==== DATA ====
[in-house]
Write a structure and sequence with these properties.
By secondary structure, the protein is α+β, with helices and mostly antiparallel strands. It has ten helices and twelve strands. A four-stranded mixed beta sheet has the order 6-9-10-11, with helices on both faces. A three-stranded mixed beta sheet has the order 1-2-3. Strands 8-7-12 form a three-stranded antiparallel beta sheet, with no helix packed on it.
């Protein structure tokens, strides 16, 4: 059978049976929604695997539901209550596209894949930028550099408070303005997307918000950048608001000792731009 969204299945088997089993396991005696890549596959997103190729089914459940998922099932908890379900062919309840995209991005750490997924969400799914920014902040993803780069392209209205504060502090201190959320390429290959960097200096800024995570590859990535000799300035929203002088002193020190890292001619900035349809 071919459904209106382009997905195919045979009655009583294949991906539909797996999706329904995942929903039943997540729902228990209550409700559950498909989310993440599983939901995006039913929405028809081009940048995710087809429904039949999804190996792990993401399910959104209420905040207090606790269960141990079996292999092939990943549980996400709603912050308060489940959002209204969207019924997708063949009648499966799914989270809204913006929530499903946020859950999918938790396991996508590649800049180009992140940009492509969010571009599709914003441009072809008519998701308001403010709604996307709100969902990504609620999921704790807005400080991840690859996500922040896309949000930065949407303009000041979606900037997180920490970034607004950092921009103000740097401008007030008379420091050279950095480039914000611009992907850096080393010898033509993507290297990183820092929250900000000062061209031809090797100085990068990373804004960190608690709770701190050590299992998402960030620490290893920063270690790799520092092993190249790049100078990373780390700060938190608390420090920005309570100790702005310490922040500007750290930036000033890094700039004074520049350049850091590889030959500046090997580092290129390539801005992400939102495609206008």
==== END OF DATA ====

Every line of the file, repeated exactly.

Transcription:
[in-house]
Write a structure and sequence with these properties.
By secondary structure, the protein is α+β, with helices and mostly antiparallel strands. It has ten helices and twelve strands. A four-stranded mixed beta sheet has the order 6-9-10-11, with helices on both faces. A three-stranded mixed beta sheet has the order 1-2-3. Strands 8-7-12 form a three-stranded antiparallel beta sheet, with no helix packed on it.
């Protein structure tokens, strides 16, 4: 059978049976929604695997539901209550596209894949930028550099408070303005997307918000950048608001000792731009 969204299945088997089993396991005696890549596959997103190729089914459940998922099932908890379900062919309840995209991005750490997924969400799914920014902040993803780069392209209205504060502090201190959320390429290959960097200096800024995570590859990535000799300035929203002088002193020190890292001619900035349809 071919459904209106382009997905195919045979009655009583294949991906539909797996999706329904995942929903039943997540729902228990209550409700559950498909989310993440599983939901995006039913929405028809081009940048995710087809429904039949999804190996792990993401399910959104209420905040207090606790269960141990079996292999092939990943549980996400709603912050308060489940959002209204969207019924997708063949009648499966799914989270809204913006929530499903946020859950999918938790396991996508590649800049180009992140940009492509969010571009599709914003441009072809008519998701308001403010709604996307709100969902990504609620999921704790807005400080991840690859996500922040896309949000930065949407303009000041979606900037997180920490970034607004950092921009103000740097401008007030008379420091050279950095480039914000611009992907850096080393010898033509993507290297990183820092929250900000000062061209031809090797100085990068990373804004960190608690709770701190050590299992998402960030620490290893920063270690790799520092092993190249790049100078990373780390700060938190608390420090920005309570100790702005310490922040500007750290930036000033890094700039004074520049350049850091590889030959500046090997580092290129390539801005992400939102495609206008």